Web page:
Land and Society in Colonial Mexico: The Great Hacienda

Land and Society in Colonial Mexico: The Great Hacienda

Land and Society in Colonial Mexico: The Great Hacienda

Land and Society in Colonial Mexico: The Great Hacienda

Excerpt

A seventeenth-century Mexican, no matter how great his interest in his country's growth, would almost certainly have been surprised at the subject of this book. The landed estates of New Spain, for all that, were taking shape before his eyes, and while the phenomenon may have escaped his attention entirely, it is easy for us, a few centuries later, to see that it was destined to dominate the history of Mexico.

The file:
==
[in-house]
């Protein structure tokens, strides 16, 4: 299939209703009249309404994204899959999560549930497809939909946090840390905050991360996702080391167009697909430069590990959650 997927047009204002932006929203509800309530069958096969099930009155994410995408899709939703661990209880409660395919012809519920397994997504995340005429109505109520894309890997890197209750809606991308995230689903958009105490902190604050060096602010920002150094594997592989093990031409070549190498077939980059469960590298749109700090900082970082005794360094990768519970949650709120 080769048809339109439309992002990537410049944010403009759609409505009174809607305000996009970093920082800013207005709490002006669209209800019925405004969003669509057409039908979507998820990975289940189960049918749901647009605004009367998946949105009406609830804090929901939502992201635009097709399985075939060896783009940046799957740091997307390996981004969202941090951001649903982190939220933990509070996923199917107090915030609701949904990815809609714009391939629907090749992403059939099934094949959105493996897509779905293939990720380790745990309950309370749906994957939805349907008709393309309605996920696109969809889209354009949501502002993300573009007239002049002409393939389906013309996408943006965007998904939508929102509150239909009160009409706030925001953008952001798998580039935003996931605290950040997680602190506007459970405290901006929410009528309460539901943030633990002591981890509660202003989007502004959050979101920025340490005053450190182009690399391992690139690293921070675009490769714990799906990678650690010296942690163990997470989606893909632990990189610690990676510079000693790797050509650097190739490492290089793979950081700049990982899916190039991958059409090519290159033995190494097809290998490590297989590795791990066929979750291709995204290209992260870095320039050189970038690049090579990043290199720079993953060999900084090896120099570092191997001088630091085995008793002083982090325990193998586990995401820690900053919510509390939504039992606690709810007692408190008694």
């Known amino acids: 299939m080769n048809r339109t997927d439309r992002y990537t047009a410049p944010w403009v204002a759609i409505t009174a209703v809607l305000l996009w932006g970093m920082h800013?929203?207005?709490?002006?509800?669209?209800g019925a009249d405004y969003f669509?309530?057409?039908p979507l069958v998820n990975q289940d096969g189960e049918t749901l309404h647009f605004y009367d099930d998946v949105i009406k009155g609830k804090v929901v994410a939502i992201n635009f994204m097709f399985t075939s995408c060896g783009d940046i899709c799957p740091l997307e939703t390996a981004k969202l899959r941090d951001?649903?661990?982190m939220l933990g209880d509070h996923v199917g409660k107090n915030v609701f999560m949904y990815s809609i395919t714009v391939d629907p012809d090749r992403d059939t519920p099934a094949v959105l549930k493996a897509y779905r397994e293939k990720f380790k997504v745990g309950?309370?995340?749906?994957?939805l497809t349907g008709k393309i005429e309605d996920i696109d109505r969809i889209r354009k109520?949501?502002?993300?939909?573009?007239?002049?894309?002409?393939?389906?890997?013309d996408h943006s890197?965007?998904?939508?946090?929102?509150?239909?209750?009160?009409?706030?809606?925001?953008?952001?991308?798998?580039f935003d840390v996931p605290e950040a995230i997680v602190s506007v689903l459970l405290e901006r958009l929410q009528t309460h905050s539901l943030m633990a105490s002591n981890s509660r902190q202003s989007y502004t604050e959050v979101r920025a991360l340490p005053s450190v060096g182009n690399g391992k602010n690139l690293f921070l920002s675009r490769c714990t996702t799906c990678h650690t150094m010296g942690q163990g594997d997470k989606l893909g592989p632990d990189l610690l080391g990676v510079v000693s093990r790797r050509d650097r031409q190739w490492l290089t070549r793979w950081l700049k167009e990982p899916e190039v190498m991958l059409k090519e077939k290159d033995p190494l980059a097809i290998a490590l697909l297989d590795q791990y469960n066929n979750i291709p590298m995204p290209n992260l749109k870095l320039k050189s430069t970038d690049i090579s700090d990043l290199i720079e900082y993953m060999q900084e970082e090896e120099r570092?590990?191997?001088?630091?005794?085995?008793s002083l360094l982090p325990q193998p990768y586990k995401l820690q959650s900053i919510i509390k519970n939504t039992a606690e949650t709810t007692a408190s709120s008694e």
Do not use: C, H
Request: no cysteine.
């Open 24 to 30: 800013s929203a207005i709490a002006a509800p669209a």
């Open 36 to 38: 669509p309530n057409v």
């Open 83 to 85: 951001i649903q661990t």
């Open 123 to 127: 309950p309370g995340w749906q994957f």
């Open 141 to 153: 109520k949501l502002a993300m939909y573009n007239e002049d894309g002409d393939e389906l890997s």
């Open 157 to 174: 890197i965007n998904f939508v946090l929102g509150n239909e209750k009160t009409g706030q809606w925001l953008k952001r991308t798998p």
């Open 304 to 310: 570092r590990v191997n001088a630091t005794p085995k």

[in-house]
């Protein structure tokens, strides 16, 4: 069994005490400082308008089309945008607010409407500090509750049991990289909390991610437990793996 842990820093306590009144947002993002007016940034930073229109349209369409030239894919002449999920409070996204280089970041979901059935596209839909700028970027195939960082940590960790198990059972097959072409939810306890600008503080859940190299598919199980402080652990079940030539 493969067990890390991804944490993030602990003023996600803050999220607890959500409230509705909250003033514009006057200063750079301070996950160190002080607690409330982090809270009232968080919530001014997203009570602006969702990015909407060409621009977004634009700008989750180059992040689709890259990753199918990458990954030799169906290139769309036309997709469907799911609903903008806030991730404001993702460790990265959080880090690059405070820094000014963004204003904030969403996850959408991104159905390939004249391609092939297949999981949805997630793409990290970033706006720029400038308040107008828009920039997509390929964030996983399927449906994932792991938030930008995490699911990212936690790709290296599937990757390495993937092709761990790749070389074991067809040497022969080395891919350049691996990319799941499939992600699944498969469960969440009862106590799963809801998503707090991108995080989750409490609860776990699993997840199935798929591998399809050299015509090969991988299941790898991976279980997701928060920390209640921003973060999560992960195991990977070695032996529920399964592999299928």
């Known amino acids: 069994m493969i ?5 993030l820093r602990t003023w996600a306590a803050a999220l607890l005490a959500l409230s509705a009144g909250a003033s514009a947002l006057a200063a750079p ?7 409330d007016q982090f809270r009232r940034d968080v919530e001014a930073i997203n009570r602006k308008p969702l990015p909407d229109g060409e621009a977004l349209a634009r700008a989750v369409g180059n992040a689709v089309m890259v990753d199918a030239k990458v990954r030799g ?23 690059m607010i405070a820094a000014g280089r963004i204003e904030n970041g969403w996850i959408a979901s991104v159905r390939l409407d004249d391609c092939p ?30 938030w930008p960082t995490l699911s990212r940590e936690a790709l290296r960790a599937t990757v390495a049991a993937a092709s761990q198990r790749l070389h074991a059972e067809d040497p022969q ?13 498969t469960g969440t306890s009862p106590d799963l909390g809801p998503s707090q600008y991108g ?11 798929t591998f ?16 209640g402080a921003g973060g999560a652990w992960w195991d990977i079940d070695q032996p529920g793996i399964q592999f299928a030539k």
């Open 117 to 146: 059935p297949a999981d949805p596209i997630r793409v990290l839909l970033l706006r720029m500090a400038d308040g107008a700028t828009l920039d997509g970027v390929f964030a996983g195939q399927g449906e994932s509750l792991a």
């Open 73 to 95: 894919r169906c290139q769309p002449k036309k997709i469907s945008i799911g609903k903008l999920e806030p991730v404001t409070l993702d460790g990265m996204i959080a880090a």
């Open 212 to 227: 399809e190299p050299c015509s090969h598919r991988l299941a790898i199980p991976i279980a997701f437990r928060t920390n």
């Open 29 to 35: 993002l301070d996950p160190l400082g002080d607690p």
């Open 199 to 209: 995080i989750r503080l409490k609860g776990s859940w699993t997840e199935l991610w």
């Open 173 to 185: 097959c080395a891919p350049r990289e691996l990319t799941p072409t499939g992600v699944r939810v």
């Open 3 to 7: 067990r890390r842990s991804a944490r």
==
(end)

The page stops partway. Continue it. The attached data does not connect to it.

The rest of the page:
From time to time, to be sure, a missionary, a jurist, or an observant traveler would mention the great estates, but always with reference to some occurrence: an injustice done by a powerful landowner, usually to natives, or the seizing of lands and mines by people who neither tilled nor worked them, with resultant losses of revenue for His Majesty. So far as we know, before the second third of the eighteenth century, when the Bourbon dynasty had already left its mark, there are no references made to the great estates as such. Indeed, there was little concern for economic and social problems of any sort, save for practical everyday considerations or remarks by passing travelers, mostly for-

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